Somewhat hobbled by tendinitis tibialis posterior for the past two weeks and awaiting our new orthotics from the great Dr. Meliso at Lorimer Foot Care, we were able to abandon our cam-walker boot today and finally go out and carry our laundry bags around the corner to Metro Community Laundromat. It was mild and sunny at 6 p.m. and as we cleaned our terminally unhip clothing, we jaywalked back and forth across Metropolitan Avenue to our favorite neighborhood comic store, Desert Island.
There was a nice-sized, friendly crowd in the store for a party (BYOB, whatever that means) and reading by comics creators, zinester icons and celebrated designers Al Burian, Cassie J. Sneider and Cat Chow. Though we had to go in and out due to laundry duties and podiatric problems that made standing on our feet uncomfortable and standing on our head impractical, we heard and saw enough of both the artists and their work to get us to buy their stuff and look for more. All are really talented, really weird, and really funny.
As he says on his MySpace page (ours has been untouched since Hillary Clinton's presidency and tonight we discovered we have 1969 messages in our inbox) Al Burian, "Writer, Cartoonist, Lunatic and Enfant Terrible of the Northamerican Punk Scene, Writer of Burn Collector, Contributor of Punk Planet, Musician in bands like Milemarker, Challenger, Hellbender, Sterling, Nest of Ice, is serving you a mix of poetry, reading essays and short stories, portraying his and peoples daily struggle, playing songs and scaring people in the finest way of art."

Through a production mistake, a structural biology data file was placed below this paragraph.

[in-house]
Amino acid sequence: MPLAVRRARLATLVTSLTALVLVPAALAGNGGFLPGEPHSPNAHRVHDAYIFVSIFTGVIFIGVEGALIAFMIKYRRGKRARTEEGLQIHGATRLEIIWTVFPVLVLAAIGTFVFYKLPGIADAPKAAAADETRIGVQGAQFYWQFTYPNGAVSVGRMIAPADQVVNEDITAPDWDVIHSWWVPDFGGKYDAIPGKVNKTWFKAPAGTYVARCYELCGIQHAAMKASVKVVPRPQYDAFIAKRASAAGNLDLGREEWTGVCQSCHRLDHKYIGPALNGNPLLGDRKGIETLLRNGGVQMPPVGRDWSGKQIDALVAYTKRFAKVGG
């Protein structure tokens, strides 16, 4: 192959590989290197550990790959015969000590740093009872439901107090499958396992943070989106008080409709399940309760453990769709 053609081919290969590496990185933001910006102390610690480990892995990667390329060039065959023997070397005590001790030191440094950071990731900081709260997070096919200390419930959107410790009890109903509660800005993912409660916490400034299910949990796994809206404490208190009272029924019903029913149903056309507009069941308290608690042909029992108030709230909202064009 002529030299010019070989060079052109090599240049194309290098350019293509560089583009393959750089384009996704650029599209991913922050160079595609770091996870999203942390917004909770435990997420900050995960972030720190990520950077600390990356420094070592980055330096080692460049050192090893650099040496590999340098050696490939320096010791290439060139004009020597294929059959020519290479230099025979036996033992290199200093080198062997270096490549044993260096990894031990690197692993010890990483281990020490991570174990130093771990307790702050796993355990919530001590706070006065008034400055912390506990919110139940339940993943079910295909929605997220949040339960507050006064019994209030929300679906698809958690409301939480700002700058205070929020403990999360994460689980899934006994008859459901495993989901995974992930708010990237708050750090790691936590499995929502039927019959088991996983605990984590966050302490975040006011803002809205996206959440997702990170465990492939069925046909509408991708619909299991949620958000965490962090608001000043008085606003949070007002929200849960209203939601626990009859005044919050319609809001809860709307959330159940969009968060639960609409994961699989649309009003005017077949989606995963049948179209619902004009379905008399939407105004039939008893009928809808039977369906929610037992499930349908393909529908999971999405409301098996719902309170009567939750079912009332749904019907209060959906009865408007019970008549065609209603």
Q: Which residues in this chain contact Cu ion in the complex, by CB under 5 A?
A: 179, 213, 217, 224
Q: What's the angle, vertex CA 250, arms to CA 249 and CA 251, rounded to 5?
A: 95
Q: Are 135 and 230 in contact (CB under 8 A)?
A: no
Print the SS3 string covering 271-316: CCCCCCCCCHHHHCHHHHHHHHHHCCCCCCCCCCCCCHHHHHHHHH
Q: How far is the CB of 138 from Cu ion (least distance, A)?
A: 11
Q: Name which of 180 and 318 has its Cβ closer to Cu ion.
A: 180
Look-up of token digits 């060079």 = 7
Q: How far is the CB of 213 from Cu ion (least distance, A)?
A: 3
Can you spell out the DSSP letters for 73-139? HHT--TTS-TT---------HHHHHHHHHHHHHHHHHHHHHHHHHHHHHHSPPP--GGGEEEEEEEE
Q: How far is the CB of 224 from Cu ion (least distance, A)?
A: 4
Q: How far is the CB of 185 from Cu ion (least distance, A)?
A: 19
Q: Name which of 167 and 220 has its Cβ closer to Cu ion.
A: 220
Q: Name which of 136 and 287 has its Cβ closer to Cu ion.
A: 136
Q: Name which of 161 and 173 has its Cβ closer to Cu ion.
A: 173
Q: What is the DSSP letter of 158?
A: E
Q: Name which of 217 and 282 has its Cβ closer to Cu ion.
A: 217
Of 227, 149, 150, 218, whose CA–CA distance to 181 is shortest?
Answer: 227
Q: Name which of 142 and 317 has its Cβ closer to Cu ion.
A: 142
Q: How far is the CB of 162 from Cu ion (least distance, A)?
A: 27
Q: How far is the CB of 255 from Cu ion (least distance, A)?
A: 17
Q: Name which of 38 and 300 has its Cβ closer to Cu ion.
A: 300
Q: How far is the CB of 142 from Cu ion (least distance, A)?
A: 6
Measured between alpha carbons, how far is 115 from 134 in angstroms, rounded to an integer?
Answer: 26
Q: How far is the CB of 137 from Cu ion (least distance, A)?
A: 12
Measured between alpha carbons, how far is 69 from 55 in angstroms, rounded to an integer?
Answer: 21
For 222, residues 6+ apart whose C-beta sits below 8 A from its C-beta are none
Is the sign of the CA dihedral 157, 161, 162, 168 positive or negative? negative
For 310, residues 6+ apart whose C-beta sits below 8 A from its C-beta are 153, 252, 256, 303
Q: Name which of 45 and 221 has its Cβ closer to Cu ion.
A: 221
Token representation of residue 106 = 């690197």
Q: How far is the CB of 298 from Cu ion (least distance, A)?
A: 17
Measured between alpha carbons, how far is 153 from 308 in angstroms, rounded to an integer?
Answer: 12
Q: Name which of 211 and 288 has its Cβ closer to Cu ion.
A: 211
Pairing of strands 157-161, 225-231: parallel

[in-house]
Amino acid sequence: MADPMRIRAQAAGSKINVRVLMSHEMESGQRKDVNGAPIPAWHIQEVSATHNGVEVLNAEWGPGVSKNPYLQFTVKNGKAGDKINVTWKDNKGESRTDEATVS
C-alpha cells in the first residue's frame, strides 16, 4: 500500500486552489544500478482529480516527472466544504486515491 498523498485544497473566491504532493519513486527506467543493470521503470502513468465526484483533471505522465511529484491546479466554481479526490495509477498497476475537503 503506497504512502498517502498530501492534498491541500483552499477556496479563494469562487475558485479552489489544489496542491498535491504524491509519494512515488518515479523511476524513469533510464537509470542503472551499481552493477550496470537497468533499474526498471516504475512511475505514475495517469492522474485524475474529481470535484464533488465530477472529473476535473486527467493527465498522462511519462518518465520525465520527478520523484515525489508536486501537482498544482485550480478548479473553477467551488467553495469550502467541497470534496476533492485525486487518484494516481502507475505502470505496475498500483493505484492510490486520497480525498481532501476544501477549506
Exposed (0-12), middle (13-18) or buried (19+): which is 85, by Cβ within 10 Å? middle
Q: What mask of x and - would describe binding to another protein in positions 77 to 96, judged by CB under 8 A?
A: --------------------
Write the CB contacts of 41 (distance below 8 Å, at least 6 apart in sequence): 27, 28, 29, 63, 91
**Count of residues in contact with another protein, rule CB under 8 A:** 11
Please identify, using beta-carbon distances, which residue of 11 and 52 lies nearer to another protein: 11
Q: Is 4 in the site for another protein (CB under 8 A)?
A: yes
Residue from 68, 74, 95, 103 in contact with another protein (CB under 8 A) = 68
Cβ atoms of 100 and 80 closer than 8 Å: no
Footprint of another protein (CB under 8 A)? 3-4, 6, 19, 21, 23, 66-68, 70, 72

After riffling through papers for like fifteen minutes, Al told some wonderfully cockeyed stories in a deadpan-exuberant manner. First he riffed on the topic of fame, which he thought was site-specific since everyone (but us) in Williamsburg pays so much in rent that they "can't just hang out" but need to keep trying to be rich and famous in order to afford living here. Or something like that.
Al rambled charmingly until getting to the heart of the heart of his true tale about waiting to get on a flight at JFK with Gwen Stefani and her husband whats-his-name, whose name Al actually can't believe he lets take up space in Al's brain without his paying rent. The story's moral was that you always should be thrilled when celebrities are on their flight because you know that in the event of a hijacking, you probably won't be the one selected to be taken hostage. Or something like that.
Another one of his stories was about the time his band was playing Northsix and in a very unoriginal onstage punk-rock gesture (did you know that musicians get laid 30% more?), Al threw his guitar up in the air and it fell on his head, leading to profuse bleeding, lots of high-fives and admiring shouts of "Duuuude!" and at least one charge of Krist Novoselic-copying before a trip to the ER.